What other books and/or authors have inspired you and your writing and why?
More than books or authors, what I’ve been most inspired by is music. Good Charlotte, Free Throw, Pentimento, Patent Pending, Simple Plan are just a few of the bands that have connected with me and that I write about in the book. I’m inspired by music that can move you – music that’s emotional but the type of thing that, hopefully, whoever’s listening can relate to it.
What writing goals have you set for the rest of 2020? What other goals have you set for yourself this year or in future years?
This year, my goal is to secure more high-profile, paid music journalism work! I have a list of publications that are my dream to have bylines in, but I’m not closing any doors for now. I’d like to keep doing interviews and telling artists’ stories. I’m also thinking about getting back into podcasting and I’m working on my YouTube channel, which is a new venture I’m doing for fun. And, I’d like to blog more regularly!
Other goals: do the best I can to take care of myself! That means continuing to exercise regularly, and eat well. I’d also like to do more animal rights activism this year.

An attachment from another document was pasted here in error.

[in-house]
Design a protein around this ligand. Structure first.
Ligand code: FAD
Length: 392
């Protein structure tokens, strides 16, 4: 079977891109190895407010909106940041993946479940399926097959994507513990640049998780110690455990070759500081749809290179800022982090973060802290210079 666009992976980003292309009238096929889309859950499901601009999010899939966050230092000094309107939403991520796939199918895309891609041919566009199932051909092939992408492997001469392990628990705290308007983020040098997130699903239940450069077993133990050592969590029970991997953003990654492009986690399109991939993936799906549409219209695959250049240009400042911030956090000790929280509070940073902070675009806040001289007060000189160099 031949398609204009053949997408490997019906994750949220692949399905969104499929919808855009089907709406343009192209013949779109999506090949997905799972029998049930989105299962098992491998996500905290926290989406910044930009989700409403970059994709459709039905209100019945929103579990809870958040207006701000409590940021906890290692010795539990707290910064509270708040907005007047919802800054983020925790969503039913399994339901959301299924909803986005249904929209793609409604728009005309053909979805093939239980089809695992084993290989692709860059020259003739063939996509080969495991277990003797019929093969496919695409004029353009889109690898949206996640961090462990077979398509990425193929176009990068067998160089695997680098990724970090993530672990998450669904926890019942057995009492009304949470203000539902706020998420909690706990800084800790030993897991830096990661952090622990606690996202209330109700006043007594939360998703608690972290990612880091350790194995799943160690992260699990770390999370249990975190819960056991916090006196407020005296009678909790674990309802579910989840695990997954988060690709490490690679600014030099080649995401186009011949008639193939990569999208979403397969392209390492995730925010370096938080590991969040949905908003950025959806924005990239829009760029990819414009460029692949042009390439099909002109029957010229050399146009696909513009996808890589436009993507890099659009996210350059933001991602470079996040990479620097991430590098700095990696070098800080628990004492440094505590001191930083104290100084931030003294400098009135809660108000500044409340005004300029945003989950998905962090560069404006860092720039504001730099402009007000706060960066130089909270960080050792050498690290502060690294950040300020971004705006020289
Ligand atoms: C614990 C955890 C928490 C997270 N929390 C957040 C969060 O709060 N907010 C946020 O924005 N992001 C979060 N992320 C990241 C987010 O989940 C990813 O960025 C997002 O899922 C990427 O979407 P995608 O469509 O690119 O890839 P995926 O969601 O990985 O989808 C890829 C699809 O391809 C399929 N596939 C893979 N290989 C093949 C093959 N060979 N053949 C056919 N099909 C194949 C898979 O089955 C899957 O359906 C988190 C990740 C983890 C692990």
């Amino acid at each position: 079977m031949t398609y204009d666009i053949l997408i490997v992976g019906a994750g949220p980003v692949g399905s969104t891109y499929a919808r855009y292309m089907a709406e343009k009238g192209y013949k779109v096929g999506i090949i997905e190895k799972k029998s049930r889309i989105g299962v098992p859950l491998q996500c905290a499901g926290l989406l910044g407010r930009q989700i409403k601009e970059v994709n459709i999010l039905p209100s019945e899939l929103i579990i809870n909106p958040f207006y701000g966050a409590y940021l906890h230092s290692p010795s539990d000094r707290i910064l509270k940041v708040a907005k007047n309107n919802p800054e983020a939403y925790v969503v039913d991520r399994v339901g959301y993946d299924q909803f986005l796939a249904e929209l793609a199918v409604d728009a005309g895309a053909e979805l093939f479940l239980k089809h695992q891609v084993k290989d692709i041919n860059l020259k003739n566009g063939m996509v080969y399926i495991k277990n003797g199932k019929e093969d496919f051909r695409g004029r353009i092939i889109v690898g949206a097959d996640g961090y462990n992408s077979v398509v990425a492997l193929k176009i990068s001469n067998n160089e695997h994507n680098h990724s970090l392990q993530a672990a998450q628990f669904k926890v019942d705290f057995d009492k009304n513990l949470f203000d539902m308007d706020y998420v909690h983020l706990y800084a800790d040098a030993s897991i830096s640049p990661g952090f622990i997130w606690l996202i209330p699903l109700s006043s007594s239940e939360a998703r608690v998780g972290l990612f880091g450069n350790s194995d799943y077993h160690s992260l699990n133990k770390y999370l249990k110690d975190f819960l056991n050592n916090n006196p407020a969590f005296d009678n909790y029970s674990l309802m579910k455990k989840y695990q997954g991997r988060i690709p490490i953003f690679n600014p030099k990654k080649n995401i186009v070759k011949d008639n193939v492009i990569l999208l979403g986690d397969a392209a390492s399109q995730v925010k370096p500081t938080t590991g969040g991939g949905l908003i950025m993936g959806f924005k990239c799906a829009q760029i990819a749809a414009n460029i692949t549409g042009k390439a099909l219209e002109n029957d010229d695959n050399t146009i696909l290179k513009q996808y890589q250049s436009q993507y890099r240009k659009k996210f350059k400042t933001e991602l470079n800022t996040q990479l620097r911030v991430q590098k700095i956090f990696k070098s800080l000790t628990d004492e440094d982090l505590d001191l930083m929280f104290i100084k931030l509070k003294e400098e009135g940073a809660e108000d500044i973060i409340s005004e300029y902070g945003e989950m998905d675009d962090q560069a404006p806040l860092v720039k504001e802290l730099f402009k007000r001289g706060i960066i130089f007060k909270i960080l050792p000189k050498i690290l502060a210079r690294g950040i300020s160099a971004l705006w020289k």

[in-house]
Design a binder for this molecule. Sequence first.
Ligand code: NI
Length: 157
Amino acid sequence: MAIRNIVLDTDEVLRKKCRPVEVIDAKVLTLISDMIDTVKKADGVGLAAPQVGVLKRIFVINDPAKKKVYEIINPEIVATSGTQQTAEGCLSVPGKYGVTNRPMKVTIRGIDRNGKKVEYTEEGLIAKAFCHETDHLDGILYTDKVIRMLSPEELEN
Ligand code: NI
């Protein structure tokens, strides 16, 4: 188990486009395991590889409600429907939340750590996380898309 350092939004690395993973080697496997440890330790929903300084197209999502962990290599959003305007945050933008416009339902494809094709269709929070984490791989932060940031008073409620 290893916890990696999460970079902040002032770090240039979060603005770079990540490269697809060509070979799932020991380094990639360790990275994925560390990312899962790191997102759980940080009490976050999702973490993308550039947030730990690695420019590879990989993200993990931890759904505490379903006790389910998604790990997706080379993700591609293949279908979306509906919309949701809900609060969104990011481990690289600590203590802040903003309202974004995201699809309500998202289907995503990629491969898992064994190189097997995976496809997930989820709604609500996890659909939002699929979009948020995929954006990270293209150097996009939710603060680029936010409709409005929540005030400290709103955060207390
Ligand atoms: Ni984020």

Is there anything else you would like to say about you or the book?
It means the world that people are interested in reading I Told You I Hated New York! The book gives the reader insight into who I am and talks about a lot of really personal feelings – as someone who’s often felt like I don’t fit in or am not accepted, it’s rewarding to know people can read this and appreciate it. And, I really hope that people connect with it! Maybe you don’t know the exact story or the person that inspired me to write “I Told You I Hated New York” – but maybe you’ve been in a situation where you felt like you had to change who you are for someone else, maybe you’ve needed to step away from a lot of hurt to realize all the beauty that surrounds you. I hope the book makes people feel less alone!
Buy I Told You I Hated New York today- you won’t regret it!